What this means for me (and you) is that I have a priority to someone else right now (about 120 someones, actually), and telling me I can't "make it" because I am doing something else that I find important doesn't do me a lick of good. Sure, I could try stay up late, rush through school, and ignore parent phone calls. The truth of the matter is that I write, try and do it well, and hope my work speaks for itself. Sure, if I was making a living off of my books, I may reconsider careers, and devote my whole life to sitting in my office and hammering out tales of horror and adventure. Until that time, I have to rely on my readers. I host giveaways, hoping to draw people in, I have done interviews. Frankly, until summer comes, I don't have time to write, really, so patting myself on the back for the internet is really far down my list of priorities.
Allow me to make my point in a nutshell. If you, a reader, find yourself really enjoying an author's work, you have to tell people. Review it on Amazon, talk about it on Goodreads, or just go to work/school and talk about it with friends. That is the true support an author needs, particularly us Indies who do not have the cash flow to afford any true advertising.
Now if you'll excuse me, I have papers to grade.
When I was much younger, I lived in the city of Aurora. As a senior in high school, I was looking forward to moving out of town, going somewhere different, becoming an adult.
This was 1999, the year of the Columbine High School shooting.
Understand that I was a young man, I read comic books, and watched the occasional anime. In the wake of such a terrible tragedy, I was reminded that even though we have a powerful military, a reliable police force, and individuals who are brave enough to put their lives on the line, that we still suffer from a terrible case of mortality. No matter the situation, we all experience some level of helplessness that is mitigated primarily by luck and our own ability to act under pressure. When faced with a situation involving gunmen and students, we saw stories of both triumph and sadness. As children, we rely on our parents when we are scared. As adults, we only rely on ourselves.
Recently, I moved back to Aurora (temporarily). After being here a month, a gunman opens fire in a crowded movie theater, killing at least 12 and injuring many others. While police have been praised for reacting quickly, and stories of heroism pour through the media, we still experience that same sense of helplessness. Could anything really have been done to avert such a tragedy? Even with a room full of human beings at the pinnacle of human ability, could someone have reached the gunman in time to prevent such a thing from happening?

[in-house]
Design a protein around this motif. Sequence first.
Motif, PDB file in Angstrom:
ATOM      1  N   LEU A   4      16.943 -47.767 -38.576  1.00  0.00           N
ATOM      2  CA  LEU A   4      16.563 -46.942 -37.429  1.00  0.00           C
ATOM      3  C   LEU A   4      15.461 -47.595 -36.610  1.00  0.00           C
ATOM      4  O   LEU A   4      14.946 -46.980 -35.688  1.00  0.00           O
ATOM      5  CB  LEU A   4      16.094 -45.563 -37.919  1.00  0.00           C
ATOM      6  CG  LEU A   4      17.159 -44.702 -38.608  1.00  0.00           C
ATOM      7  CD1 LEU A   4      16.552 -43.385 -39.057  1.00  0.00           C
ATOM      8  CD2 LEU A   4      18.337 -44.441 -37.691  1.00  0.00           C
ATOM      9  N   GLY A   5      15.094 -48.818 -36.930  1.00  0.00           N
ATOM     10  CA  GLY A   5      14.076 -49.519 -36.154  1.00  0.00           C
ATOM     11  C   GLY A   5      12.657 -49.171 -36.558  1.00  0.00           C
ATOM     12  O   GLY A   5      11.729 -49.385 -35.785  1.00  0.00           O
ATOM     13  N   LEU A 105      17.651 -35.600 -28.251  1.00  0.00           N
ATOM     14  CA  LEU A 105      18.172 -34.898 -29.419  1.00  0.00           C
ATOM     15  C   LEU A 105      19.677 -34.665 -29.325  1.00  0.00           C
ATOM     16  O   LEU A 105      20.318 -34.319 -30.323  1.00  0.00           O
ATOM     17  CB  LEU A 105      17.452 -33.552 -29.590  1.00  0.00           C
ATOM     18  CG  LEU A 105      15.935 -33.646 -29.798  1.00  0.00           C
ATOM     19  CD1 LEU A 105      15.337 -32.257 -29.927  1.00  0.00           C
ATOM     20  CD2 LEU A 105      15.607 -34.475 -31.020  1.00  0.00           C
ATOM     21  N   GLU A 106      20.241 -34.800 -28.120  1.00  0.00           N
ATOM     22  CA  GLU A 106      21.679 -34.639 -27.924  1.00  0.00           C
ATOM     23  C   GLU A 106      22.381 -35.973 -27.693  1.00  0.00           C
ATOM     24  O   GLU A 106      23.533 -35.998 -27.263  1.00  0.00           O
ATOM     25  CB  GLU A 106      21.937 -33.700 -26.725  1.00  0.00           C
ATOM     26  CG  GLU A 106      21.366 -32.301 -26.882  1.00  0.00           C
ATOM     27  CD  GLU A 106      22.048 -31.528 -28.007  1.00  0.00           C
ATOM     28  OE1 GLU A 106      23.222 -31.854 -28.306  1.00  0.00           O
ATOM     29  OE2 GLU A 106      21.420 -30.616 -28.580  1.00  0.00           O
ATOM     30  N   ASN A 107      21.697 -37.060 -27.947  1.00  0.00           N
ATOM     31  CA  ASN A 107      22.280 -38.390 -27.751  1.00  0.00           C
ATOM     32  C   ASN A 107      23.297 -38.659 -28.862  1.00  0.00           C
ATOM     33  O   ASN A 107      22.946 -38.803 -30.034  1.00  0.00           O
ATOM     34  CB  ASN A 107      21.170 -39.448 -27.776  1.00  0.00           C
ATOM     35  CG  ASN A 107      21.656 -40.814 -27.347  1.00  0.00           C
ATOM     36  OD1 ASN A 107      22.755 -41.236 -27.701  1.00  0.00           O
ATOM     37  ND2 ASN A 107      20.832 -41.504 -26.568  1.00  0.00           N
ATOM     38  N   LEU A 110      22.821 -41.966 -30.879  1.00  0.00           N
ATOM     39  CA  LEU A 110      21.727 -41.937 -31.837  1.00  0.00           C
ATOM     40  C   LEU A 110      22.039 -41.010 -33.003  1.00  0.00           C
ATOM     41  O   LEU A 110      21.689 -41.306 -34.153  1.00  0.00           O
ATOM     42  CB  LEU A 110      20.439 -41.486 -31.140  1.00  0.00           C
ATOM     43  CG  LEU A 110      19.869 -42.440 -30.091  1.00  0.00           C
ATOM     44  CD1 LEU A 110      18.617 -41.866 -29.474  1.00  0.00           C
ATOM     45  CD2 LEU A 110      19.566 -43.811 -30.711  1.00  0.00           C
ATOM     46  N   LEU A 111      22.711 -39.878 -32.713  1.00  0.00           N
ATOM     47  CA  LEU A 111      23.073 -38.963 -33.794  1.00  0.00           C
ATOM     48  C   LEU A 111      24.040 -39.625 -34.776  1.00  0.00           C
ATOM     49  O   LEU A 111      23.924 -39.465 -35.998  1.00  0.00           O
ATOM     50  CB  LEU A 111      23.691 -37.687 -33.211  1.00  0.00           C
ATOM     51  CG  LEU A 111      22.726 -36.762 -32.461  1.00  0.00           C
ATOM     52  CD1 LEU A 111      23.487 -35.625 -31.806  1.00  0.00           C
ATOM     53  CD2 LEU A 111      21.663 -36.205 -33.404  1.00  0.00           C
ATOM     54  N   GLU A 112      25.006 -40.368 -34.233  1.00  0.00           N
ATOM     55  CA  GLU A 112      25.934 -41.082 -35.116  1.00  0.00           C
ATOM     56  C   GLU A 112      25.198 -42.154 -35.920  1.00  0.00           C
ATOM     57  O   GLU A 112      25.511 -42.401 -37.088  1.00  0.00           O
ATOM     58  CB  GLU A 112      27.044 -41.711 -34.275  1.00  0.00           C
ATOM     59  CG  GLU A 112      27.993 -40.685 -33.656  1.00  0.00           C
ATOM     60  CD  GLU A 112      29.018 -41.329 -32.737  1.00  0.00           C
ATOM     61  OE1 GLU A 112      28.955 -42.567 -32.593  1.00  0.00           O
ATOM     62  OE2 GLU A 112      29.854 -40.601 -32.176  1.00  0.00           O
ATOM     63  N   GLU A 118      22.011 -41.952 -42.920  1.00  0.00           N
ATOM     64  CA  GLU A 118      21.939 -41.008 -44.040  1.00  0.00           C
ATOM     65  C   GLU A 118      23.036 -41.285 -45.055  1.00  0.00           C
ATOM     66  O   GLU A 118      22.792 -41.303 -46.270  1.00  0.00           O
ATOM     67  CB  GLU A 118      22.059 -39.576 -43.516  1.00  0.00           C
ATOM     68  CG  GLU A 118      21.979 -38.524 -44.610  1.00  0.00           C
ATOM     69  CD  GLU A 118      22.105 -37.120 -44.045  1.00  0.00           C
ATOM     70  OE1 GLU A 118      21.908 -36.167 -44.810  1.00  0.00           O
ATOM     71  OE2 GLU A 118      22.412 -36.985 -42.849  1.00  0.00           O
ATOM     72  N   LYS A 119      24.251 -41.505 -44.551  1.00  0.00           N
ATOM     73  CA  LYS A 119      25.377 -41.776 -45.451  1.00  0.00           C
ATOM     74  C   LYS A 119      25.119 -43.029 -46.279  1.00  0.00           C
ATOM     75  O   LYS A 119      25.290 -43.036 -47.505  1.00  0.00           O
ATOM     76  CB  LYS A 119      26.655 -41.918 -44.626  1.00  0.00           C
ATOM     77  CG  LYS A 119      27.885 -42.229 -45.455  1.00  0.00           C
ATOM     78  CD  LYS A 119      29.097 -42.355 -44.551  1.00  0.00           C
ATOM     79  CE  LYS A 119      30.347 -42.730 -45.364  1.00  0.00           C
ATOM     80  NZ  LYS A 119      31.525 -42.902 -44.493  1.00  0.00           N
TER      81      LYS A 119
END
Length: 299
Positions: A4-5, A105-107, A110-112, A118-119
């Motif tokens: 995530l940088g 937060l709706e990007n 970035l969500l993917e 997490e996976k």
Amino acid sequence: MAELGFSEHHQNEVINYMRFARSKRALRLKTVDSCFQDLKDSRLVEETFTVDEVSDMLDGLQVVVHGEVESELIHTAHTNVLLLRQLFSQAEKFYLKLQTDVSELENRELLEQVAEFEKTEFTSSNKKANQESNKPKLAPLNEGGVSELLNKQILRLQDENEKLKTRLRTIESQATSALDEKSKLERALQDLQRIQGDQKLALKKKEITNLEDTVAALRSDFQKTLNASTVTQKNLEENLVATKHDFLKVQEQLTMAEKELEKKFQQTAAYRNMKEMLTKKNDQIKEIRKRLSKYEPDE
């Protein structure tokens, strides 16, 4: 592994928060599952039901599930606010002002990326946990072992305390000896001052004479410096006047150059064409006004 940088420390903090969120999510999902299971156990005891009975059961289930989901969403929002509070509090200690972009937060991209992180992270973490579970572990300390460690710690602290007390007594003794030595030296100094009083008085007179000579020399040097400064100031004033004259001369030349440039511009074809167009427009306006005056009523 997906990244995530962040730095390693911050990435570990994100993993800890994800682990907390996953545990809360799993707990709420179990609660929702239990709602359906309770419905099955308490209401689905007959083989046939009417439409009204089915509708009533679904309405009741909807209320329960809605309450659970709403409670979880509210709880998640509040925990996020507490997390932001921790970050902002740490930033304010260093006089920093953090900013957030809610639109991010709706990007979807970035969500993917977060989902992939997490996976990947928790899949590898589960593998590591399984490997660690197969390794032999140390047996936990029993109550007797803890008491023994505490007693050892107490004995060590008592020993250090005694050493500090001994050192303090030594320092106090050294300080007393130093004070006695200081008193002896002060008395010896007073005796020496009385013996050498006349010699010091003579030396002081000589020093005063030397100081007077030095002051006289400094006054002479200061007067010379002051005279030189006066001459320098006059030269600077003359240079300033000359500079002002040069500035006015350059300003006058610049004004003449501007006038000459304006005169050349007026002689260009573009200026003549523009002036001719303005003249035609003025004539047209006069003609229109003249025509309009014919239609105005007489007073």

Okay, so stay with me on this. I just saw the latest Spiderman movie, and will see Batman on Friday. The question at hand is "Why do we need heroes?" I'm not talking about our own real life heroes, but the idea that some human being is given powers and abilities that allow them to even the playing field. I think that, instinctively, we want to believe in some universe where there exists some sense of balance, some form of justice that goes beyond what our own government can provide. We like to see the villains of our world with their roles reversed, powerless when compared to these individuals.
When we watch these movies, or read these books, we expect to see our heroes given the chance to crush those who give us that lack of power. It helps us to feel better, perhaps even safe, in a world full of random acts. How amazing would such a thing be if the likes of Superman graced our earth, always saving the day where we cannot? When we hear about these things on the news, we like to wonder "What if?" Or, at least, I do. I think we need heroes to give us hope and security, even if such a thing can only be a dream.
In between typing and job hunting, I took the opportunity to sign up for Operation eBook Drop. The short version is that deployed troops get ebook versions of my novel for free. If you think that you would like to contribute or benefit from such a service, more information can be found here.
Our troops, whether you approve or not, really do put a lot on the line. I don't know how I could ever thank them enough for the simple liberties that we take for granted each day, but I figured that doing this was a start.
The latest news and my opinions.